Noise, not age, cause of most hearing loss
We live in a noisy world. Tens of millions of Americans already have permanent hearing loss caused by the everyday noise we're exposed to. While there are regulations to protect people who work in noisy environments, outside the workplace you're on your own.
"Over time you could sustain some permanent damage," explained Sarah Jones, an Audiologist at St. Luke's University Health Network.
Very loud noises like a car alarm, or prolonged exposure like listening to music through headphones can wreak havoc on our hearing.
Sound volume is measured in decibels. Experts say noise can start causing permanent hearing loss at around 85 decibels, and it's an easy number to hit. In fact a blender is around 100 decibels, and your blow dyer reaches nearly 90 decibels. The noise damages cells within the cochlea, a snail shaped organ inside our ears. The cells have tiny hair like projections that are stimulated by sound. You're born with a set number of these delicate cells, so once they're damaged it's permanent. That can lead to the inability to hear sounds at higher frequencies or understand ordinary speech.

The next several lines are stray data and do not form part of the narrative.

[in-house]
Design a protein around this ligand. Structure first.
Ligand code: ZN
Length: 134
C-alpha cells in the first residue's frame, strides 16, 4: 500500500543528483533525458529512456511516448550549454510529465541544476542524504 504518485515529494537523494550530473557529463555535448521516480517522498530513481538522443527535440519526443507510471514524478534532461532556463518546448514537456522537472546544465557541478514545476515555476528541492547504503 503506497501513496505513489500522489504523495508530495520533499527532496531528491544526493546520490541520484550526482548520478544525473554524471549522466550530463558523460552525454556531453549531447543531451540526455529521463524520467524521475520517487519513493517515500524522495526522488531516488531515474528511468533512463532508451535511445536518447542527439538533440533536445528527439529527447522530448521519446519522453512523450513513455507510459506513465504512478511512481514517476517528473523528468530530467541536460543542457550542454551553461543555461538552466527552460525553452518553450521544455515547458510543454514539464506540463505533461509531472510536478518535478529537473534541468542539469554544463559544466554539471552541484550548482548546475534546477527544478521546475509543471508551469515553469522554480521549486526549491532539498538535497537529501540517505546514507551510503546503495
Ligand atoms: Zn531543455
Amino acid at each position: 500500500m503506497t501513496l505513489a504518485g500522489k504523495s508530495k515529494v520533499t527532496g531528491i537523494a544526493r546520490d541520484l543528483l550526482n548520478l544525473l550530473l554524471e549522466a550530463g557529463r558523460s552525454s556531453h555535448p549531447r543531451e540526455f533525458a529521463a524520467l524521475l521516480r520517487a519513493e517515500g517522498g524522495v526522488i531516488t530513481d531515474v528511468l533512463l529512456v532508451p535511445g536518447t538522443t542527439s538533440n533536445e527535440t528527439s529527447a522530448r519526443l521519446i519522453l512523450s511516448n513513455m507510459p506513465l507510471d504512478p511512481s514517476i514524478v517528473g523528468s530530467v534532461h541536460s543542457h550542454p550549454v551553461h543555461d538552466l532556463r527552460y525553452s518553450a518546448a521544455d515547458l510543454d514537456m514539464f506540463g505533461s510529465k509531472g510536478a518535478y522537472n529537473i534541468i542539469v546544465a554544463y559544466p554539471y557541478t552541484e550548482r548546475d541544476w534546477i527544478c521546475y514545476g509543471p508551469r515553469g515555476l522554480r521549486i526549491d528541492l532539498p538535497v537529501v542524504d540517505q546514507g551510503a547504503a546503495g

"Any time you're in a situation that noise is uncomfortable, volume is uncomfortable, use hearing protection," urged Jones. "The one thing we do have control over is making the choice to put on the ear muffs or to put in the ear plugs."
Age and medical conditions can also play a part in hearing loss. If you have concerns it's smart to talk to your doctor.
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